Environmental and cultural assessment for the proposed Salmon Creek road-pipeline development Before I began working with Dan Bishop in 1985,…1981 | Bishop, Mills, Jacoby and Moore | 95 pages
Unraveling the origins of a fascinating pond Til’héeni, dog salmon stream (Salmon Creek) is a new addition to featured Áak’w…2019 | Richard Carstensen | 4-minute slideshow
If Harriman had been serious About 120 years ago the steamer Albatross conducted watershed surveys, interviews and salmon distribution studies…2019; updated 2023 | Richard Carstensen | 60 pages
Focus group tour On Thursday, August 26th, about 30 masked aficionados of dynamic Fish Creek delta assembled on invitation from…2021 | Richard Carstensen, Bob Armstrong | RC-59 pages: BA vid-links
Áak’w & T’aaḵú country in 1794 Back in 2010, when first collaborating with Goldbelt Heritage, I began to mine the archives…2011 updated 2021 | Richard Carstensen | 36-minute slideshow
Fifty friends on backloop moraines On a sunny July 17th, 2021, Discovery Southeast and the Southeast Alaska Land Trust hosted…2021 | Richard Carstensen | 8 minute slideshow
History from the air Georeferencing old and recent vertical air photos in ArcMap makes it easy to export exactly scaled-&-aligned…2021 | Richard Carstensen | 9 pages
Discovery & FSL explore Héen Latinee For experienced backcountry navigators, Bessie Creek trail offers a ‘backdoor’ into the Cowee-Davies watershed,…2011 | Richard Carstensen | 13 pages
History from the air Georeferencing old and recent vertical air photos in ArcMap makes it easy to export exactly scaled-&-aligned…2021 | Richard Carstensen | 8 pages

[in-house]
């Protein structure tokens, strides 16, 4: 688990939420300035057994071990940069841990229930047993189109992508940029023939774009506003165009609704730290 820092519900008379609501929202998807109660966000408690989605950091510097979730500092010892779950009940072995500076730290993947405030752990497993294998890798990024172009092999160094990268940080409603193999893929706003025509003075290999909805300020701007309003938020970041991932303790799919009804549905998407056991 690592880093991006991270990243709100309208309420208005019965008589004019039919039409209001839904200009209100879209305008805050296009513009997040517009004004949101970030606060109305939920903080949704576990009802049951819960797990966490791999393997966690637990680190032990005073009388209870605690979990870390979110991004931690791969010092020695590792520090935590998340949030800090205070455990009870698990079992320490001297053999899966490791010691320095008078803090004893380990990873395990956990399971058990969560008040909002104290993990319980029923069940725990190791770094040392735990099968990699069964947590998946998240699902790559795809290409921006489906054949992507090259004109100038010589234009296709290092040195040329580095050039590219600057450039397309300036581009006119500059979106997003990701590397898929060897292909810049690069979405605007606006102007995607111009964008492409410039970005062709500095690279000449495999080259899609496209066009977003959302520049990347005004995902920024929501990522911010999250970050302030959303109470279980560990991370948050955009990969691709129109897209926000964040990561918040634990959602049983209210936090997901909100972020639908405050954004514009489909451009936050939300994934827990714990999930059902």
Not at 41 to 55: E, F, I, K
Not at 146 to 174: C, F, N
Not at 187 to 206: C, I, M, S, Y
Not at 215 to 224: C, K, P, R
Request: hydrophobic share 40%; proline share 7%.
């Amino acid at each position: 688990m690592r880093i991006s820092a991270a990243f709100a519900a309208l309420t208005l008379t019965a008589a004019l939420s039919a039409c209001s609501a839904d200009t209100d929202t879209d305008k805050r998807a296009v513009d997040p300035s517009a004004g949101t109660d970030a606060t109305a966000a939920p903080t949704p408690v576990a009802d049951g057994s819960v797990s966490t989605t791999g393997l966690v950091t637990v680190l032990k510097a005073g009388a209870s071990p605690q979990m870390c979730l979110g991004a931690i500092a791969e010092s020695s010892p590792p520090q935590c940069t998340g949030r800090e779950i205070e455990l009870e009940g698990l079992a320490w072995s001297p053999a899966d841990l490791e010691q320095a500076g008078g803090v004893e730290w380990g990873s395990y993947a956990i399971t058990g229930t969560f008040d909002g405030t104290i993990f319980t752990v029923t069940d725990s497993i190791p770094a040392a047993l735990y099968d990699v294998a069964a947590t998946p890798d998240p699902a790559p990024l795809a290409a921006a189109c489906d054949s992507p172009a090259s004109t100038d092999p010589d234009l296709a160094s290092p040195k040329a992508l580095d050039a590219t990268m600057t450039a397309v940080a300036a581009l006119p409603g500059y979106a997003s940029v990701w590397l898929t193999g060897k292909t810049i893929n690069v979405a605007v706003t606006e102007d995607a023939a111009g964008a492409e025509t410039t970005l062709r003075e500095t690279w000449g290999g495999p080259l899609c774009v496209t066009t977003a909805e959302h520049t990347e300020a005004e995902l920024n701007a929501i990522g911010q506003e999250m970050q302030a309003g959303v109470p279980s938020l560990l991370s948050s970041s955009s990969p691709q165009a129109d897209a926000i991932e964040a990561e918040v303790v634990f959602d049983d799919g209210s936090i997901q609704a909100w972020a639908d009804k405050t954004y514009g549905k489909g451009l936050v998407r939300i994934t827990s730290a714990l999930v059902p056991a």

Hydrology in the point cloud. Maybe it’s all those years stippling scenes and species portraits, point by point with double-ought…2020 | Richard Carstensen | 2-minute slideshow
Rebound, succession, fish&wildlife, and aviation on our frontyard wetlands In 2011, Jeff Sauer at Juneau Audubon asked for a presentation…2011 | Richard Carstensen | 36-minute slideshow
Navy aerials, 1929 and 1948 Most of Lingít Aaní is covered by early black-&-white vertical (nadir) air photography that can…2020 | Richard Carstensen |
Discovery-SAWC collaboration Beginning in early 2020, Discovery Southeast is assisting the Southeast Alaska Watershed Coalition with investigations at Fish Creek…2020 | Richard Carstensen |
Another great idea from Mike Cathy Connor and I (Richard Carstensen) have inherited a tradition spearheaded by our friend Mike…2019 | Mike Blackwell, Richard Carstensen & Cathy Connor | 27 pages
Slideshow in two parts Kaxdigoowu Héen, going back clearwater has been one of my favorite places since I first explored…2019 | Richard Carstensen & John Hudson | slide show in 2 parts: 38 & 22 minutes
On a sleety December 11th, 2018, Discovery Southeast staff (and Clay Good, board) hiked together in the lower valley of…2018 | Richard Carstensen | 7 minutes
The central chapter in my 2013 publication Natural history of Juneau trails, pages 29-36, is a summary of deep and…2013 | Richard Carstensen | 7 pages (full publication, 72 pages)